A program for modern Christian democracy and a call for action, with a fifteen-point outline for solutions to the problems of the Western world. 63 pages.
About the Author(s)
Wilhelm Sollman (1881-1951) was a German activist and political leader. He initially worked in the neighborhood of Cologne, editing and writing for radical newspapers. This work faced continued repression by the government of Kaiser Wilhelm. His outspoken criticism and agitation for democracy catapulted him to the forefront of German politics at the end of World War I. He led the German peace delegation to Versailles, and later worked to write the Weimar Constitution, including its statements on the relationship between church and state and its clause on freedom of religion. He was elected to the Weimar Parliament and appointed Secretary for the Interior during the late nineteen twenties.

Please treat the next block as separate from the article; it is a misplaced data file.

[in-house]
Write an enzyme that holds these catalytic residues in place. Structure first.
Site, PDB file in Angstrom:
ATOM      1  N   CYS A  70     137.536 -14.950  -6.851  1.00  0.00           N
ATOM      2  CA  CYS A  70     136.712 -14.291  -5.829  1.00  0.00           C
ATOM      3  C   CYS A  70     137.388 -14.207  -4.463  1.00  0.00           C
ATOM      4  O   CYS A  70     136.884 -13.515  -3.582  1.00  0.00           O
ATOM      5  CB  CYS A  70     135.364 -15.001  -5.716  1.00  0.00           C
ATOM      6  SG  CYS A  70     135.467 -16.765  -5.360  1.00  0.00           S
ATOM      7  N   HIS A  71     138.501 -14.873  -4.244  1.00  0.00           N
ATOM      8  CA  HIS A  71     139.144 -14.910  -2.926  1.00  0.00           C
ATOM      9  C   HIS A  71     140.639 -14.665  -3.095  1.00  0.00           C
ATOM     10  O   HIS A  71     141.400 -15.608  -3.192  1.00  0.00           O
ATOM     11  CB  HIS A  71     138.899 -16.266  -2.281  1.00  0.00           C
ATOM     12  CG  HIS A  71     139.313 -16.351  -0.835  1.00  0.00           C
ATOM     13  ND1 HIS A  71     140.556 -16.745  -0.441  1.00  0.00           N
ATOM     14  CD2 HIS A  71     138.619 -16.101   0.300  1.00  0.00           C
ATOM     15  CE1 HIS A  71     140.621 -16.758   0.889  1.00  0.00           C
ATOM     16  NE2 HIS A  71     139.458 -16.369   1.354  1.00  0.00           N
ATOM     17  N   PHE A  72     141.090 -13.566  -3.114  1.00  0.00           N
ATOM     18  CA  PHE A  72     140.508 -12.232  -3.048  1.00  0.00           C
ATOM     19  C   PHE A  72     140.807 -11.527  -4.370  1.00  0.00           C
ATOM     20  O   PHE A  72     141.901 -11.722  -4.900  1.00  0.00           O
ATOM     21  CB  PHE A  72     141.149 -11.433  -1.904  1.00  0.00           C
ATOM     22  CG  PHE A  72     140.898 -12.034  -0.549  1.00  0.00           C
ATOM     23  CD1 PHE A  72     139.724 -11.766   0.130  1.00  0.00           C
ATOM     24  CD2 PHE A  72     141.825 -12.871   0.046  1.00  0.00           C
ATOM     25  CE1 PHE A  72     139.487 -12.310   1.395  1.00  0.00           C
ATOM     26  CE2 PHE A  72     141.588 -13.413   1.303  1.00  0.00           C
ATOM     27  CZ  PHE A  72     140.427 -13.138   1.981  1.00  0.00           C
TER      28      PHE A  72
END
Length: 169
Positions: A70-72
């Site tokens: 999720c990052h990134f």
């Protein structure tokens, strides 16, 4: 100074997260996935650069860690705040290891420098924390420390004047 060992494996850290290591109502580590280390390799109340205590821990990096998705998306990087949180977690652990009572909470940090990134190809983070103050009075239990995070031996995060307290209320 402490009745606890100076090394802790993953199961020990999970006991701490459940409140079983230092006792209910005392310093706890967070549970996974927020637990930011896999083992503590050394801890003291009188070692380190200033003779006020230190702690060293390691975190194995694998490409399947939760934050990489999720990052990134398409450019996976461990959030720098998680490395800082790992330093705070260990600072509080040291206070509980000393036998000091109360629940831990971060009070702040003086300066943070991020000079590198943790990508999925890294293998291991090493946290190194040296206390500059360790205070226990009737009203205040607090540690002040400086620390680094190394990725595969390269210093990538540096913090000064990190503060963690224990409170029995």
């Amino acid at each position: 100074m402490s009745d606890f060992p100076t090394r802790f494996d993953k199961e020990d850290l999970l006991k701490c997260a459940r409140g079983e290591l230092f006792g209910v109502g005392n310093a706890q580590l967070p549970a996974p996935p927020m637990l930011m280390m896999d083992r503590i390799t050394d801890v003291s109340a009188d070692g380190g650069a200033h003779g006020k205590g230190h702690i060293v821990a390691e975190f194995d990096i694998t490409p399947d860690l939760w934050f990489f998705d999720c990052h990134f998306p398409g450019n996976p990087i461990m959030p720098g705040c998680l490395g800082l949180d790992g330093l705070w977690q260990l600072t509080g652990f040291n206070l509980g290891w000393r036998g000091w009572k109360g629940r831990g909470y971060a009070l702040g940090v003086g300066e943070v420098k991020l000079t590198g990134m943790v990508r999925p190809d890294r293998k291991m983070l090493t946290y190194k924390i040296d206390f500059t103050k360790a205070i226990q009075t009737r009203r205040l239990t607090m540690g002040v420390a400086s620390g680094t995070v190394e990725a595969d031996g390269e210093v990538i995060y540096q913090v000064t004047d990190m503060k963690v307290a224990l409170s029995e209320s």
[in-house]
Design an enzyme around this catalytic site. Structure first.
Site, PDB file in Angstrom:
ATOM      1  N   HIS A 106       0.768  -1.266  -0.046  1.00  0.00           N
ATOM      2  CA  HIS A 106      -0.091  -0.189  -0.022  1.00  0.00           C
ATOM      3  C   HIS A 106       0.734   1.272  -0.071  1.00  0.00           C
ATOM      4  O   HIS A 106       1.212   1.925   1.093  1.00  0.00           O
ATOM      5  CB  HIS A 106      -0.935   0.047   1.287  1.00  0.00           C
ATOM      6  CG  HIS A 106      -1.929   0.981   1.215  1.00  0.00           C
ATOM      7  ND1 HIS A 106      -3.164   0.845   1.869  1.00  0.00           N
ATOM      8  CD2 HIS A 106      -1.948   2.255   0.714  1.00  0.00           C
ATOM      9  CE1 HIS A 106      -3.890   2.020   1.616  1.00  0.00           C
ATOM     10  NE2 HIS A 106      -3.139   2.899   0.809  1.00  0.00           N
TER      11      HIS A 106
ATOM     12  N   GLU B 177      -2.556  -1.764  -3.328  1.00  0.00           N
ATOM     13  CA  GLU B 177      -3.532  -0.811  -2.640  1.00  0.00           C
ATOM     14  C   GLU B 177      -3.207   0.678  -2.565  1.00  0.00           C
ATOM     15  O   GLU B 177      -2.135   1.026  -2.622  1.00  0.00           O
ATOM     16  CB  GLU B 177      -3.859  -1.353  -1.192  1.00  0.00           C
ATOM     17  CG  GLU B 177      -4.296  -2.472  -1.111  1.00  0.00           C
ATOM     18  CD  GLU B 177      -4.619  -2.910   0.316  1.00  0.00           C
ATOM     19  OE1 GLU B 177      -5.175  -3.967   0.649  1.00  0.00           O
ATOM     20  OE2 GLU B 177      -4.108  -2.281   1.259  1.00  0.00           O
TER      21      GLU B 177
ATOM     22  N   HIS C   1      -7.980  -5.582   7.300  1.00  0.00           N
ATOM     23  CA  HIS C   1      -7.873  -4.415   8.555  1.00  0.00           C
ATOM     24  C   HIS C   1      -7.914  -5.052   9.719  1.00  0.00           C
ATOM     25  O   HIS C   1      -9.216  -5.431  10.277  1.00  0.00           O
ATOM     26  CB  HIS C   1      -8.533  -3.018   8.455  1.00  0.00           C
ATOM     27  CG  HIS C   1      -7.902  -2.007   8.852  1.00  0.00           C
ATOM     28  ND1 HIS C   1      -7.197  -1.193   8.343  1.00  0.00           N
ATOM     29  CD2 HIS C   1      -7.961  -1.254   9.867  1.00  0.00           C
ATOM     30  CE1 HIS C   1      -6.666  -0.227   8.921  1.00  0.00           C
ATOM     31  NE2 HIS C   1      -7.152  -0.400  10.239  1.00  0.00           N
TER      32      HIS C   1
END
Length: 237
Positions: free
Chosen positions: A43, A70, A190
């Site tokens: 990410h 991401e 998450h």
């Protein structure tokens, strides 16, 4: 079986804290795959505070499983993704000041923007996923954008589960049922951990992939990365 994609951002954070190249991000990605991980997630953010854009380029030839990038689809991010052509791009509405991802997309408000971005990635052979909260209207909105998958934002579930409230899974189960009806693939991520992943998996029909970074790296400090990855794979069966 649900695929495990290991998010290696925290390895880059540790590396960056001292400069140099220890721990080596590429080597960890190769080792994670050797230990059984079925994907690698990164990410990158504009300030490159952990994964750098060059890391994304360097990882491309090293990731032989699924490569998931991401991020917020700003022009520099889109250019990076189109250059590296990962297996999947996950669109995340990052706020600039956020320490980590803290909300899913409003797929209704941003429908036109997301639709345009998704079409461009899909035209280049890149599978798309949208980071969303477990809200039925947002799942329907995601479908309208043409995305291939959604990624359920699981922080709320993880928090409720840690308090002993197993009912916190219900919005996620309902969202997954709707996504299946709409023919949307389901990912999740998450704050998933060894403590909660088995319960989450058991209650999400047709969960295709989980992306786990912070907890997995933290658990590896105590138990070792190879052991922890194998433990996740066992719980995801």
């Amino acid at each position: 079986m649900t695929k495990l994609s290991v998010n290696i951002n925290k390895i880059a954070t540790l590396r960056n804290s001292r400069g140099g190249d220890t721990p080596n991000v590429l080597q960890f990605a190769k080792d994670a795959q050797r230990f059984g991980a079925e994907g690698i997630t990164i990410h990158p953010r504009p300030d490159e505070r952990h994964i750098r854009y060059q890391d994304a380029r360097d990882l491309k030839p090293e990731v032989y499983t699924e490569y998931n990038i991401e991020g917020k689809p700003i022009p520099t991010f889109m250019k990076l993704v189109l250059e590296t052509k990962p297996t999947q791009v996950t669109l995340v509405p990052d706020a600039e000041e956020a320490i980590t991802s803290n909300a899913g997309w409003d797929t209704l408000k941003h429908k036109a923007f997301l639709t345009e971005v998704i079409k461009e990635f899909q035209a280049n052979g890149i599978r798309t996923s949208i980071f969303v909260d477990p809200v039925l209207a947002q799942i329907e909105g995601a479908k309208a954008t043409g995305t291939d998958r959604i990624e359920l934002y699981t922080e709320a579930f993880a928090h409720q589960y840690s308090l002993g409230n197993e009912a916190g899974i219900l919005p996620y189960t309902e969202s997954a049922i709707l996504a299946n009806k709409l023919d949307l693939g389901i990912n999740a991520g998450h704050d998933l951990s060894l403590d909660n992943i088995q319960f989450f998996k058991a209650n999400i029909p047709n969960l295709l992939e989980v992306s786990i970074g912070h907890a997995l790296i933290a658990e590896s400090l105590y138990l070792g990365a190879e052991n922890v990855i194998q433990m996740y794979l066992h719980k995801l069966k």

After Hitler’s election, he was one of the first members of parliament attacked by storm troopers. He recuperated in Luxembourg and resettled in the Saarland, a region then under the control of the League of Nations, which would vote to become part of Germany in 1935. During this period, he also taught several courses at Woodbrooke. After emigration to England, he made his way to Pendle Hill, where he taught for thirteen years. He also taught classes at Reed College, Bard College, Haverford, Harvard, the City University of New York and the University of Pittsburg. In spite of his willingness to teach, he tried to avoid the pretensions of a politician turned professor. He turned down an honorary Ph.D. from the University of Cologne. After the war, he returned to Germany and worked with the founder of the American Civil Liberties Union, Roger Baldwin, to start the German Civil Liberties Union and campaign for civil rights guarantees in the new German constitution. He believed that religion served as a moral compass for liberal democracy so long as it retained vitality, and his pamphlet Religion and Politics (PHP #14) outlined this view.
Wilhelm Sollman died in 1951.